As a work of creativity and boldness of vision, which Apocalypto certainly is, Gibson’s movie ought to have leeway for historical liberties. If Kirsten Dunst can play Marie-Antoinette, as in Sofia Coppola’s new film, why not fashion an impossible Maya city that looks both like Tikal, Guatemala, and Uxmal, Mexico? But Gibson goes overboard, with inaccuracy piled on inaccuracy. Epigraphic studies prove that the Maya of the great dynastic cities mostly spoke a Mayan language called Ch’olti’an, not the Yucatec Gibson chooses to use. No director of historical movies in Europe or the US would have Aristotle rub shoulders with Henry VIII. The set designers of Apocalypto seem to care little for such niceties. To cite one weird example, reproductions of the San Bartolo murals, from about 100 B.C., occur in a set supposedly meant to be 1600 years later. San Bartolo’s imagery not gory enough? Replace an animal sacrifice in the murals with a human body. The same in the Bonampak paintings of Chiapas, Mexico, perhaps the greatest set of images in the Pre-Columbian world, reproduced in part in Apocalypto. The ruler depicted in Gibson’s version of the murals holds a pulped human heart where none appears in the original.
Our concern is that, for the public, Apocalypto crafts an odd and warped view of Maya civilization that will take years to reshape and correct. Gibson offers disturbing, simplistic and, we fear, enduring views of the Maya. In this movie, the “good Maya” are humble and tranquil forest dwellers who live in the most rudimentary fashion imaginable, despite using badly mangled versions of royal names attested in Maya inscriptions. “Bad Maya” are, for Gibson, crazed and blood-thirsty city-dwellers, eager for cruel sacrifice by cynical kings. In other words, they belong to a civilization that deserves to die, soon to be reborn with the arrival of the Spanish and Christianity. (Gibson states that he chose the Greek word as his title because of its supposed meaning, “a new beginning.”)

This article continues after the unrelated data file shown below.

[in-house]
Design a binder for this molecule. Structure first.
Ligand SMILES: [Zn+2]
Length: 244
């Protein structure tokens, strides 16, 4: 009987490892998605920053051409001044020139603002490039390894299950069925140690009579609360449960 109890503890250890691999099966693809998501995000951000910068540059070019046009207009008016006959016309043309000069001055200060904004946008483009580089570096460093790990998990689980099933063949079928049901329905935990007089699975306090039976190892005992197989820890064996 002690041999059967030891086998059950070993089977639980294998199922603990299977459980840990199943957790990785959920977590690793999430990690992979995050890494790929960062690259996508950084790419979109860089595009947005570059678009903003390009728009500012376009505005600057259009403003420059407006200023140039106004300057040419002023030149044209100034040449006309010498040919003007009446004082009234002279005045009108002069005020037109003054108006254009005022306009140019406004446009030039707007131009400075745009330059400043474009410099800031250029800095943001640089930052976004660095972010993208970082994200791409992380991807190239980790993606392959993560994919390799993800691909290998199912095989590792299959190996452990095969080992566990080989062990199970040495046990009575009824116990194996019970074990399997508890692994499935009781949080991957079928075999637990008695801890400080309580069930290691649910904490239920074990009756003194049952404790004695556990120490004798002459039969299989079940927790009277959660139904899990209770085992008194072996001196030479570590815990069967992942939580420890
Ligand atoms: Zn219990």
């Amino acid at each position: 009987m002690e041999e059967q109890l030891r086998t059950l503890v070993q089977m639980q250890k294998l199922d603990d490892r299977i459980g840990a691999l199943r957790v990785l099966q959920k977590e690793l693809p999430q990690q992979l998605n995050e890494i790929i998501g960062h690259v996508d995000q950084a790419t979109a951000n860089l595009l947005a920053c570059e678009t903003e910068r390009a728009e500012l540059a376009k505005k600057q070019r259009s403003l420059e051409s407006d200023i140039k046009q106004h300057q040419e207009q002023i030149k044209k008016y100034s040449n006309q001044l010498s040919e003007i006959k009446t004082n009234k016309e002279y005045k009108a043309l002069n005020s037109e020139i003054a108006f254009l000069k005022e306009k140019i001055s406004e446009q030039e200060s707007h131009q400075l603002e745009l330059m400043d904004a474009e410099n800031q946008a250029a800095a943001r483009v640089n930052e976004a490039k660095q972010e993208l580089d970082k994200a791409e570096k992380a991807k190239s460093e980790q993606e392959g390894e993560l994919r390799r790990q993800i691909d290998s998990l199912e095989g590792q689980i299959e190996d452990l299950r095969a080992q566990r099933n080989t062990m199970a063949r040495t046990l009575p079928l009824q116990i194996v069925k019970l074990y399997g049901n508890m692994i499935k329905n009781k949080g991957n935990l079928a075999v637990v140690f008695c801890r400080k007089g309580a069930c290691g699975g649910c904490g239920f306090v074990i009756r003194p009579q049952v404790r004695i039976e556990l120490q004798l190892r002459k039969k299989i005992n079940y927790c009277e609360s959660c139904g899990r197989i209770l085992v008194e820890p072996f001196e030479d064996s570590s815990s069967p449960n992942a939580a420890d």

Gibson’s compelling understanding of action may excite the audience, but his narrative, indeed, the very excellence of the cinematography in this electric “chase movie,” manage to dehumanize one of America’s most splendid civilizations of indigenous origin. Scenes of domestic family bliss, such as when the villager hero lovingly strokes his pregnant wife, serve mostly to contrast with an archaic view of Native American ritual as performed by mindless savages. Heads sliced from captives bounce down pyramid steps, their bodies still twitching in unpleasant fashion. The eager audiences for such spectacles seem to be doped up and disoriented. The hero escapes from the horrors of this dynastic city by clambering over bodies laid out in Auschwitz-like trenches. The scale and fury of the violence are unlike anything ever documented for this civilization. The Maya may not have worshipped time, as New Agers still believe, but nor were they such an embodiment of collective evil.
Some decades ago, the ancient Maya were perceived as peaceful, and that was wrong. As in all human societies, violence was present and real but, in this case, operated within reverential systems of belief about the need to feed and tend gods and to test the honor of noble captives. Violence, a controlled, constrained violence, had purpose and meaning, however unpleasant those beliefs may seem today. But Gibson has transformed the ancient Maya, for decades to come, into a people given to capricious sadism and cruelty. The Maya past and present do not deserve this Apocalypto.